5 November 2011


The now fetid floodwaters of Greater Bangkok are creeping closer to the city's very heart. Over 450 people have already died in modern Thailand's worst ever inundation. I have been following developments closely through the website of "The Bangkok Post" - the squabbling of politicians, their false promises, the hopeless planning for disaster and the inexorable progress of the water, polluted with stinking sewage and debris claiming new neighbourhoods every day. Who knows when the water will leave? Perhaps weeks from now.

The school where I taught is closed for the time being and most ex-pat members of staff have fled the city, staying in distant coastal hotels. Poor Mr Jonathan came off a rented motorbike and broke his collarbone when he should have been teaching adverbs. One of the city's airports is awash and so is the magnificent Grand Palace complex.

This morning I saw a photograph of some familiar territory - Phahon Yothin Road, taken from the pedestrian walkway near Union Mall. To the right you can make out the Tesco Lotus store where I often walked to buy provisions, passing the Elephant Building which you can see in the right rear of the photo. Although the floodwater isn't terribly deep here, it is getting deeper all the time. In many northern neighbourhoods the water is six feet deep.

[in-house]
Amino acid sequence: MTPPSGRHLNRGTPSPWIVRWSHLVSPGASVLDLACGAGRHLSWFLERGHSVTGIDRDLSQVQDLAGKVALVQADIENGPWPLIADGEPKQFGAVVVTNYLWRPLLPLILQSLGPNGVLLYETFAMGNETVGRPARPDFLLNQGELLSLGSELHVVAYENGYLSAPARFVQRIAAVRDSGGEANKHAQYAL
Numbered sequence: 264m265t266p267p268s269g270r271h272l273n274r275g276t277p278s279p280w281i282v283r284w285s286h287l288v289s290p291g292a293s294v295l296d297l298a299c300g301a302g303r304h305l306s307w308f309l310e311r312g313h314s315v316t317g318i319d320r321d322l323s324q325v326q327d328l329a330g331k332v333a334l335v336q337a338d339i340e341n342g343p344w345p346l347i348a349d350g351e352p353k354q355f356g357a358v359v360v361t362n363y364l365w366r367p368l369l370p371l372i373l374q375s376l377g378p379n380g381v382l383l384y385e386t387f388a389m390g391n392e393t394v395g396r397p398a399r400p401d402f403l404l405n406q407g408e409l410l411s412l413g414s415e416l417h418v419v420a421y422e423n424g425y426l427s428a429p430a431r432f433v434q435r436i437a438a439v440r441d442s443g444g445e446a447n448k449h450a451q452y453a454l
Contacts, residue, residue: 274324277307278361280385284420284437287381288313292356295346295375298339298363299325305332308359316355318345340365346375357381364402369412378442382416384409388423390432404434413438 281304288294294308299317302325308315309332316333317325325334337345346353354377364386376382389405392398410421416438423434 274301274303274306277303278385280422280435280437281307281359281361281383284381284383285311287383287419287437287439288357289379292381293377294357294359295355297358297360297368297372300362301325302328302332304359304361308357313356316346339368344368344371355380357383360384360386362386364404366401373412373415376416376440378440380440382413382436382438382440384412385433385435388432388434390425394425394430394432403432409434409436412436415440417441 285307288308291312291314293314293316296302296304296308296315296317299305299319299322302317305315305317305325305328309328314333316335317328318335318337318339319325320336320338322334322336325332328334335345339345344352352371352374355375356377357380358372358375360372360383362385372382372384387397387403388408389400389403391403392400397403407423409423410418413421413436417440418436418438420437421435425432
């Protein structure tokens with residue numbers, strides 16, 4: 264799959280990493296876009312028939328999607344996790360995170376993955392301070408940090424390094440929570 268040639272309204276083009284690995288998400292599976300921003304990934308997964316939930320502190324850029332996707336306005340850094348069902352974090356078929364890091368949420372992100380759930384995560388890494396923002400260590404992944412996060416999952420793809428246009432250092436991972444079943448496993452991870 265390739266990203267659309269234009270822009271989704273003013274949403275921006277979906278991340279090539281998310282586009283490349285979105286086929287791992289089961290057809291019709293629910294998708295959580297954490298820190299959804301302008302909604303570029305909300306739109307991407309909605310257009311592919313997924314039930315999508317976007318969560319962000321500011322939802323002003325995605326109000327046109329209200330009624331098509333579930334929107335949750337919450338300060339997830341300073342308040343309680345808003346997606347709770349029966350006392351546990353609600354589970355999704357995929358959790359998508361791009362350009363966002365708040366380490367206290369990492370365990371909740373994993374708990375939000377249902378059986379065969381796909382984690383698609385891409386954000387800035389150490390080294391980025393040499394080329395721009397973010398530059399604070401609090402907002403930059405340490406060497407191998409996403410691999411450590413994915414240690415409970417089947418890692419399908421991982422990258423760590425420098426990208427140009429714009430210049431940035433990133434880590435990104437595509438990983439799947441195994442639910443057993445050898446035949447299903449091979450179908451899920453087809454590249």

People are resilient and two or three days of flooding would be easy enough to bear but some towns and villages in Thailand have already been flooded for weeks. Everything is disrupted - work, education, clean water supplies, transport, electricity, the sewage system. Bangkok is hurting so bad and when these waters finally recede the country will be faced with enormous challenges if it is to steady itself. Undoubtedly, the death toll will grow and more squabbling between self-interested politicians will happen.


  1. A terrible situation, YP and the longer it continues, the more the population will be affected by disease, of course.

  2. When things like this happen anywhere, Mr. Pudding, I always wonder and worry about the babies that are being born and the mothers that are birthing them. How will they survive in these conditions. And yet, some or all inevitably do. The resilience of tiny humans is amazing!

  3. JENNY In many ways Bangkok seemed such a bustling modern city with high rises, taxis, a Sky Train, thriving factories but I agree you can't have so much horrible stagnant water hanging about in tropical heat without significant health issues arising.
    MOUNTAIN THYME I hadn't thought of that but you're right. Even in war, revolution, famine and strife, babies are born and the majority make it through.


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